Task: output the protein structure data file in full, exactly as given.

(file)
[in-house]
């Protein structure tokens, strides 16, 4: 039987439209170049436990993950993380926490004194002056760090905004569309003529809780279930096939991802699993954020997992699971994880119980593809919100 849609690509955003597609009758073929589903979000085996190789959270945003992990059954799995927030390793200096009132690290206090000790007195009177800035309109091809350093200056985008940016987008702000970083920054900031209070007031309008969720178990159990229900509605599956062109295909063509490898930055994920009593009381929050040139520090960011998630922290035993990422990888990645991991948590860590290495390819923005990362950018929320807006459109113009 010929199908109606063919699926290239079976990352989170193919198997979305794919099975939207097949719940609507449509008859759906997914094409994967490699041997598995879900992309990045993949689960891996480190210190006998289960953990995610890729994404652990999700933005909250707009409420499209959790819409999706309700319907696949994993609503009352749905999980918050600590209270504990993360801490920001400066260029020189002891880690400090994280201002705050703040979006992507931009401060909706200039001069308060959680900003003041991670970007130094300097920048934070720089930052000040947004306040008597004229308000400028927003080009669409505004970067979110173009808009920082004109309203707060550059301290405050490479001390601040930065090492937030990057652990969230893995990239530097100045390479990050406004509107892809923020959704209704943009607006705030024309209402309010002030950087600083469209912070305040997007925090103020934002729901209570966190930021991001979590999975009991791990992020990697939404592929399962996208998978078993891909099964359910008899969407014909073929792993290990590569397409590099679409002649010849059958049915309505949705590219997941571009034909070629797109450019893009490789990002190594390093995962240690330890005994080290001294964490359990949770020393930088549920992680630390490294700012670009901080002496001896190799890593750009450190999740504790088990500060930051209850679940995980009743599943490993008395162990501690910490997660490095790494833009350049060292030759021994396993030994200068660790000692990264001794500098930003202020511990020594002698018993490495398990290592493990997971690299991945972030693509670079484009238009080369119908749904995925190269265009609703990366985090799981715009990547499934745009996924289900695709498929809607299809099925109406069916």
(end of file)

[in-house]
């Protein structure tokens, strides 16, 4: 039987439209170049436990993950993380926490004194002056760090905004569309003529809780279930096939991802699993954020997992699971994880119980593809919100 849609690509955003597609009758073929589903979000085996190789959270945003992990059954799995927030390793200096009132690290206090000790007195009177800035309109091809350093200056985008940016987008702000970083920054900031209070007031309008969720178990159990229900509605599956062109295909063509490898930055994920009593009381929050040139520090960011998630922290035993990422990888990645991991948590860590290495390819923005990362950018929320807006459109113009 010929199908109606063919699926290239079976990352989170193919198997979305794919099975939207097949719940609507449509008859759906997914094409994967490699041997598995879900992309990045993949689960891996480190210190006998289960953990995610890729994404652990999700933005909250707009409420499209959790819409999706309700319907696949994993609503009352749905999980918050600590209270504990993360801490920001400066260029020189002891880690400090994280201002705050703040979006992507931009401060909706200039001069308060959680900003003041991670970007130094300097920048934070720089930052000040947004306040008597004229308000400028927003080009669409505004970067979110173009808009920082004109309203707060550059301290405050490479001390601040930065090492937030990057652990969230893995990239530097100045390479990050406004509107892809923020959704209704943009607006705030024309209402309010002030950087600083469209912070305040997007925090103020934002729901209570966190930021991001979590999975009991791990992020990697939404592929399962996208998978078993891909099964359910008899969407014909073929792993290990590569397409590099679409002649010849059958049915309505949705590219997941571009034909070629797109450019893009490789990002190594390093995962240690330890005994080290001294964490359990949770020393930088549920992680630390490294700012670009901080002496001896190799890593750009450190999740504790088990500060930051209850679940995980009743599943490993008395162990501690910490997660490095790494833009350049060292030759021994396993030994200068660790000692990264001794500098930003202020511990020594002698018993490495398990290592493990997971690299991945972030693509670079484009238009080369119908749904995925190269265009609703990366985090799981715009990547499934745009996924289900695709498929809607299809099925109406069916």